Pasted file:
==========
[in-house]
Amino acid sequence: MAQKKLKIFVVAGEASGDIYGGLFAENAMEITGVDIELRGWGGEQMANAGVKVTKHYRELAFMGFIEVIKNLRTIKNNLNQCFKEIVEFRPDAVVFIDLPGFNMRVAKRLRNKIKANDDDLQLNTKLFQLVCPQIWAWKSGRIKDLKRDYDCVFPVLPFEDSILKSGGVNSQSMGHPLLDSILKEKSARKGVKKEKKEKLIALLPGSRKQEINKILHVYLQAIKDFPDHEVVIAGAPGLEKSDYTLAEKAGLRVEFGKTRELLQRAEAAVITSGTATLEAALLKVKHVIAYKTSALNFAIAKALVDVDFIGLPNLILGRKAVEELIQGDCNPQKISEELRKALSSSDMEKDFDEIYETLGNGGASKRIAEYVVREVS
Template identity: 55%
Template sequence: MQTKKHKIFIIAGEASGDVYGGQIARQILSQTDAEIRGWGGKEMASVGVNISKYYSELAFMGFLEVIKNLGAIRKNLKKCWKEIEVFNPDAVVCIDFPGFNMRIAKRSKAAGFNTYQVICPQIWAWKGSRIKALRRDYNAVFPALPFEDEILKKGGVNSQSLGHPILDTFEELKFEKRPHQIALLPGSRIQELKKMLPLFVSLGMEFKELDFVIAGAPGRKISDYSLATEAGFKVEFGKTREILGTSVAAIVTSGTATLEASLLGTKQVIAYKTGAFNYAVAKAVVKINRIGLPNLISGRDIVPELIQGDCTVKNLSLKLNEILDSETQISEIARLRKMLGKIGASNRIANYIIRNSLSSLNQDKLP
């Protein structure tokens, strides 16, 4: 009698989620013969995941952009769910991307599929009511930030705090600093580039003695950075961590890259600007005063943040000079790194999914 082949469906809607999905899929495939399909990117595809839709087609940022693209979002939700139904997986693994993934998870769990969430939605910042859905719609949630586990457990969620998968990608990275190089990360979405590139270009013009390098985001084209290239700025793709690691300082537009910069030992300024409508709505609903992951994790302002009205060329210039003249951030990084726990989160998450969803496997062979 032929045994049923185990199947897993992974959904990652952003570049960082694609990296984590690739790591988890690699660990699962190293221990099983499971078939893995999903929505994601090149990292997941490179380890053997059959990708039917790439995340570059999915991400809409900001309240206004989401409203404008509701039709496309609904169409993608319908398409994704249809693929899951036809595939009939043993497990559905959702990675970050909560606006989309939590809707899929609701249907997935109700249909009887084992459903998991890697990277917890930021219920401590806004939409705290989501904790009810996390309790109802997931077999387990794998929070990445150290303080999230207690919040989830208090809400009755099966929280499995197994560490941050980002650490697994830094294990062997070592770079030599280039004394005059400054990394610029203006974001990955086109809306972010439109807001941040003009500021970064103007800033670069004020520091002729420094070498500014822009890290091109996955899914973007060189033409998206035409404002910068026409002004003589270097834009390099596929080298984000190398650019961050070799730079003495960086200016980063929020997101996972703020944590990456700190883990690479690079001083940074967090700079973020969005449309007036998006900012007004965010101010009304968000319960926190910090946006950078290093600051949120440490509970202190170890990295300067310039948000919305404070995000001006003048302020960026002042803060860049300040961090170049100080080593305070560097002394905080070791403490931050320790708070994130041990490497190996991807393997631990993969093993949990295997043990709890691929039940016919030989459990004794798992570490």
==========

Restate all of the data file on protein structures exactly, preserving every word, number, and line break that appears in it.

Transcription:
[in-house]
Amino acid sequence: MAQKKLKIFVVAGEASGDIYGGLFAENAMEITGVDIELRGWGGEQMANAGVKVTKHYRELAFMGFIEVIKNLRTIKNNLNQCFKEIVEFRPDAVVFIDLPGFNMRVAKRLRNKIKANDDDLQLNTKLFQLVCPQIWAWKSGRIKDLKRDYDCVFPVLPFEDSILKSGGVNSQSMGHPLLDSILKEKSARKGVKKEKKEKLIALLPGSRKQEINKILHVYLQAIKDFPDHEVVIAGAPGLEKSDYTLAEKAGLRVEFGKTRELLQRAEAAVITSGTATLEAALLKVKHVIAYKTSALNFAIAKALVDVDFIGLPNLILGRKAVEELIQGDCNPQKISEELRKALSSSDMEKDFDEIYETLGNGGASKRIAEYVVREVS
Template identity: 55%
Template sequence: MQTKKHKIFIIAGEASGDVYGGQIARQILSQTDAEIRGWGGKEMASVGVNISKYYSELAFMGFLEVIKNLGAIRKNLKKCWKEIEVFNPDAVVCIDFPGFNMRIAKRSKAAGFNTYQVICPQIWAWKGSRIKALRRDYNAVFPALPFEDEILKKGGVNSQSLGHPILDTFEELKFEKRPHQIALLPGSRIQELKKMLPLFVSLGMEFKELDFVIAGAPGRKISDYSLATEAGFKVEFGKTREILGTSVAAIVTSGTATLEASLLGTKQVIAYKTGAFNYAVAKAVVKINRIGLPNLISGRDIVPELIQGDCTVKNLSLKLNEILDSETQISEIARLRKMLGKIGASNRIANYIIRNSLSSLNQDKLP
């Protein structure tokens, strides 16, 4: 009698989620013969995941952009769910991307599929009511930030705090600093580039003695950075961590890259600007005063943040000079790194999914 082949469906809607999905899929495939399909990117595809839709087609940022693209979002939700139904997986693994993934998870769990969430939605910042859905719609949630586990457990969620998968990608990275190089990360979405590139270009013009390098985001084209290239700025793709690691300082537009910069030992300024409508709505609903992951994790302002009205060329210039003249951030990084726990989160998450969803496997062979 032929045994049923185990199947897993992974959904990652952003570049960082694609990296984590690739790591988890690699660990699962190293221990099983499971078939893995999903929505994601090149990292997941490179380890053997059959990708039917790439995340570059999915991400809409900001309240206004989401409203404008509701039709496309609904169409993608319908398409994704249809693929899951036809595939009939043993497990559905959702990675970050909560606006989309939590809707899929609701249907997935109700249909009887084992459903998991890697990277917890930021219920401590806004939409705290989501904790009810996390309790109802997931077999387990794998929070990445150290303080999230207690919040989830208090809400009755099966929280499995197994560490941050980002650490697994830094294990062997070592770079030599280039004394005059400054990394610029203006974001990955086109809306972010439109807001941040003009500021970064103007800033670069004020520091002729420094070498500014822009890290091109996955899914973007060189033409998206035409404002910068026409002004003589270097834009390099596929080298984000190398650019961050070799730079003495960086200016980063929020997101996972703020944590990456700190883990690479690079001083940074967090700079973020969005449309007036998006900012007004965010101010009304968000319960926190910090946006950078290093600051949120440490509970202190170890990295300067310039948000919305404070995000001006003048302020960026002042803060860049300040961090170049100080080593305070560097002394905080070791403490931050320790708070994130041990490497190996991807393997631990993969093993949990295997043990709890691929039940016919030989459990004794798992570490």